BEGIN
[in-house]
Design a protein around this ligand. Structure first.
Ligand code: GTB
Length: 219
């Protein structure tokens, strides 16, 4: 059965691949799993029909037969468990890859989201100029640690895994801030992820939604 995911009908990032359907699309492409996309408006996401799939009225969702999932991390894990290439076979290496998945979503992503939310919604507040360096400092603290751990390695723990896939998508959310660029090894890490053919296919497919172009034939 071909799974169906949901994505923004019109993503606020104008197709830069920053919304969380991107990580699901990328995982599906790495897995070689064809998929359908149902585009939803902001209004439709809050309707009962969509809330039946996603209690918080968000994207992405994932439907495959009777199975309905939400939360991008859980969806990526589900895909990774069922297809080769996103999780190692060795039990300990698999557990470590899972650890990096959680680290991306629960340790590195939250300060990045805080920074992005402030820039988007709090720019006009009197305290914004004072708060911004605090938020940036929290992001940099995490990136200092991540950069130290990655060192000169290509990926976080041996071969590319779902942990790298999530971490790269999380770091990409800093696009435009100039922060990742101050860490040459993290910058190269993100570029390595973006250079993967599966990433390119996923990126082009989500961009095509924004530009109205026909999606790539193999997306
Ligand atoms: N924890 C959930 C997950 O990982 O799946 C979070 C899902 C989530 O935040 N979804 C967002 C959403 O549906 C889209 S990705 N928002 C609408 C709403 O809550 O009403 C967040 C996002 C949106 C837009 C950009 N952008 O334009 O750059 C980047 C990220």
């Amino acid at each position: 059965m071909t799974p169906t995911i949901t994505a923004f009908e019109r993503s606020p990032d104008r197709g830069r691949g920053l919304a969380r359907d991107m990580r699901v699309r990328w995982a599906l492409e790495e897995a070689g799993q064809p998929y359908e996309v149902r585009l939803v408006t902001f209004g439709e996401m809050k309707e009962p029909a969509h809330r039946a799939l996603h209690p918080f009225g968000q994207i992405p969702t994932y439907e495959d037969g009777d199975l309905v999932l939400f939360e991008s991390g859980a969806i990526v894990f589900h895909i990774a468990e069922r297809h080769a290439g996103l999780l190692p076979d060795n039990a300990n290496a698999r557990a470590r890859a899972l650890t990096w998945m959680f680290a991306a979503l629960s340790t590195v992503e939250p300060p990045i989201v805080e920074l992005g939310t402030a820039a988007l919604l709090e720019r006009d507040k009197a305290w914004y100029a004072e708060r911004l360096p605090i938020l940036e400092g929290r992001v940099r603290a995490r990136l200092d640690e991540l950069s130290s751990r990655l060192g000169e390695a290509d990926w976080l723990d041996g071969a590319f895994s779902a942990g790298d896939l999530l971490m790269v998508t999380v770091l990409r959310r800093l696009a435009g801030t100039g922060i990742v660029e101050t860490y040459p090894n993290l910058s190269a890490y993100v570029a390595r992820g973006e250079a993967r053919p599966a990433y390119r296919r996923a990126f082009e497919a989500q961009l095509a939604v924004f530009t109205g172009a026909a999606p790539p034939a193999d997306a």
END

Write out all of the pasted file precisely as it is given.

[in-house]
Design a protein around this ligand. Structure first.
Ligand code: GTB
Length: 219
């Protein structure tokens, strides 16, 4: 059965691949799993029909037969468990890859989201100029640690895994801030992820939604 995911009908990032359907699309492409996309408006996401799939009225969702999932991390894990290439076979290496998945979503992503939310919604507040360096400092603290751990390695723990896939998508959310660029090894890490053919296919497919172009034939 071909799974169906949901994505923004019109993503606020104008197709830069920053919304969380991107990580699901990328995982599906790495897995070689064809998929359908149902585009939803902001209004439709809050309707009962969509809330039946996603209690918080968000994207992405994932439907495959009777199975309905939400939360991008859980969806990526589900895909990774069922297809080769996103999780190692060795039990300990698999557990470590899972650890990096959680680290991306629960340790590195939250300060990045805080920074992005402030820039988007709090720019006009009197305290914004004072708060911004605090938020940036929290992001940099995490990136200092991540950069130290990655060192000169290509990926976080041996071969590319779902942990790298999530971490790269999380770091990409800093696009435009100039922060990742101050860490040459993290910058190269993100570029390595973006250079993967599966990433390119996923990126082009989500961009095509924004530009109205026909999606790539193999997306
Ligand atoms: N924890 C959930 C997950 O990982 O799946 C979070 C899902 C989530 O935040 N979804 C967002 C959403 O549906 C889209 S990705 N928002 C609408 C709403 O809550 O009403 C967040 C996002 C949106 C837009 C950009 N952008 O334009 O750059 C980047 C990220």
């Amino acid at each position: 059965m071909t799974p169906t995911i949901t994505a923004f009908e019109r993503s606020p990032d104008r197709g830069r691949g920053l919304a969380r359907d991107m990580r699901v699309r990328w995982a599906l492409e790495e897995a070689g799993q064809p998929y359908e996309v149902r585009l939803v408006t902001f209004g439709e996401m809050k309707e009962p029909a969509h809330r039946a799939l996603h209690p918080f009225g968000q994207i992405p969702t994932y439907e495959d037969g009777d199975l309905v999932l939400f939360e991008s991390g859980a969806i990526v894990f589900h895909i990774a468990e069922r297809h080769a290439g996103l999780l190692p076979d060795n039990a300990n290496a698999r557990a470590r890859a899972l650890t990096w998945m959680f680290a991306a979503l629960s340790t590195v992503e939250p300060p990045i989201v805080e920074l992005g939310t402030a820039a988007l919604l709090e720019r006009d507040k009197a305290w914004y100029a004072e708060r911004l360096p605090i938020l940036e400092g929290r992001v940099r603290a995490r990136l200092d640690e991540l950069s130290s751990r990655l060192g000169e390695a290509d990926w976080l723990d041996g071969a590319f895994s779902a942990g790298d896939l999530l971490m790269v998508t999380v770091l990409r959310r800093l696009a435009g801030t100039g922060i990742v660029e101050t860490y040459p090894n993290l910058s190269a890490y993100v570029a390595r992820g973006e250079a993967r053919p599966a990433y390119r296919r996923a990126f082009e497919a989500q961009l095509a939604v924004f530009t109205g172009a026909a999606p790539p034939a193999d997306a």